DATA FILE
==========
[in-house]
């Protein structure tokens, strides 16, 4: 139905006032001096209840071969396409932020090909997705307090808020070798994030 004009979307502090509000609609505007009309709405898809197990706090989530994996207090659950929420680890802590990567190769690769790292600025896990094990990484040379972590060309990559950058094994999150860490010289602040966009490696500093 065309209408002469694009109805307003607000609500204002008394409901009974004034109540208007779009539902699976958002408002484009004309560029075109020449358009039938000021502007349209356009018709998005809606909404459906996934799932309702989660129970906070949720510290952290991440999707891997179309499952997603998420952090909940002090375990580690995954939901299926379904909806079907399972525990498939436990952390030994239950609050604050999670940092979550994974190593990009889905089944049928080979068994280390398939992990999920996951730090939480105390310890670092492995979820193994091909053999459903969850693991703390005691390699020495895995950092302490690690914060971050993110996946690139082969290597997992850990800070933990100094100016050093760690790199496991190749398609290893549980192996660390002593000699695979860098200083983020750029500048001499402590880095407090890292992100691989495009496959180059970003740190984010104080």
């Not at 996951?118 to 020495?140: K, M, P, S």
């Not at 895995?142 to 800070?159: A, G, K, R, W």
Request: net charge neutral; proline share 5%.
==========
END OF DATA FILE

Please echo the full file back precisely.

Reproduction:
[in-house]
């Protein structure tokens, strides 16, 4: 139905006032001096209840071969396409932020090909997705307090808020070798994030 004009979307502090509000609609505007009309709405898809197990706090989530994996207090659950929420680890802590990567190769690769790292600025896990094990990484040379972590060309990559950058094994999150860490010289602040966009490696500093 065309209408002469694009109805307003607000609500204002008394409901009974004034109540208007779009539902699976958002408002484009004309560029075109020449358009039938000021502007349209356009018709998005809606909404459906996934799932309702989660129970906070949720510290952290991440999707891997179309499952997603998420952090909940002090375990580690995954939901299926379904909806079907399972525990498939436990952390030994239950609050604050999670940092979550994974190593990009889905089944049928080979068994280390398939992990999920996951730090939480105390310890670092492995979820193994091909053999459903969850693991703390005691390699020495895995950092302490690690914060971050993110996946690139082969290597997992850990800070933990100094100016050093760690790199496991190749398609290893549980192996660390002593000699695979860098200083983020750029500048001499402590880095407090890292992100691989495009496959180059970003740190984010104080």
């Not at 996951?118 to 020495?140: K, M, P, S």
């Not at 895995?142 to 800070?159: A, G, K, R, W």
Request: net charge neutral; proline share 5%.